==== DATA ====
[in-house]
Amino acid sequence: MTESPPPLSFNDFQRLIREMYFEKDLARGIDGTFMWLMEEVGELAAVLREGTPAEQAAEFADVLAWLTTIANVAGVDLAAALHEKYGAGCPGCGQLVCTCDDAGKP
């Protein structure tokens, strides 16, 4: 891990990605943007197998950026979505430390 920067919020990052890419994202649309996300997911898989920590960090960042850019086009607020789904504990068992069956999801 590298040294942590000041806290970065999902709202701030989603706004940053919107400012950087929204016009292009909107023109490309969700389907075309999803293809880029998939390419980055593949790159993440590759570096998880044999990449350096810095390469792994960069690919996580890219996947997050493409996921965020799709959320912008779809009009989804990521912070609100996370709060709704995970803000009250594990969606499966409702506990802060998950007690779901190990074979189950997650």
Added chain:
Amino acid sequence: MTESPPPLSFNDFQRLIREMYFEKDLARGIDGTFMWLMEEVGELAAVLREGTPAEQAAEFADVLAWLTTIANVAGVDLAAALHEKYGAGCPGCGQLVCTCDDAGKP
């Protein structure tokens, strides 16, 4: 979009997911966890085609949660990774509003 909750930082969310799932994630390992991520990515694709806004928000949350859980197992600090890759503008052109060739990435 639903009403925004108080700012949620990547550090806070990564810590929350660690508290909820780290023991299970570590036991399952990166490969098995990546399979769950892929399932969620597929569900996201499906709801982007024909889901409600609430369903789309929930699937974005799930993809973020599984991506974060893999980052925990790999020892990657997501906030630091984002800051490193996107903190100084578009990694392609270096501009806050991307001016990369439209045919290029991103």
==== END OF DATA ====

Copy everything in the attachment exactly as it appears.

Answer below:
[in-house]
Amino acid sequence: MTESPPPLSFNDFQRLIREMYFEKDLARGIDGTFMWLMEEVGELAAVLREGTPAEQAAEFADVLAWLTTIANVAGVDLAAALHEKYGAGCPGCGQLVCTCDDAGKP
């Protein structure tokens, strides 16, 4: 891990990605943007197998950026979505430390 920067919020990052890419994202649309996300997911898989920590960090960042850019086009607020789904504990068992069956999801 590298040294942590000041806290970065999902709202701030989603706004940053919107400012950087929204016009292009909107023109490309969700389907075309999803293809880029998939390419980055593949790159993440590759570096998880044999990449350096810095390469792994960069690919996580890219996947997050493409996921965020799709959320912008779809009009989804990521912070609100996370709060709704995970803000009250594990969606499966409702506990802060998950007690779901190990074979189950997650």
Added chain:
Amino acid sequence: MTESPPPLSFNDFQRLIREMYFEKDLARGIDGTFMWLMEEVGELAAVLREGTPAEQAAEFADVLAWLTTIANVAGVDLAAALHEKYGAGCPGCGQLVCTCDDAGKP
């Protein structure tokens, strides 16, 4: 979009997911966890085609949660990774509003 909750930082969310799932994630390992991520990515694709806004928000949350859980197992600090890759503008052109060739990435 639903009403925004108080700012949620990547550090806070990564810590929350660690508290909820780290023991299970570590036991399952990166490969098995990546399979769950892929399932969620597929569900996201499906709801982007024909889901409600609430369903789309929930699937974005799930993809973020599984991506974060893999980052925990790999020892990657997501906030630091984002800051490193996107903190100084578009990694392609270096501009806050991307001016990369439209045919290029991103």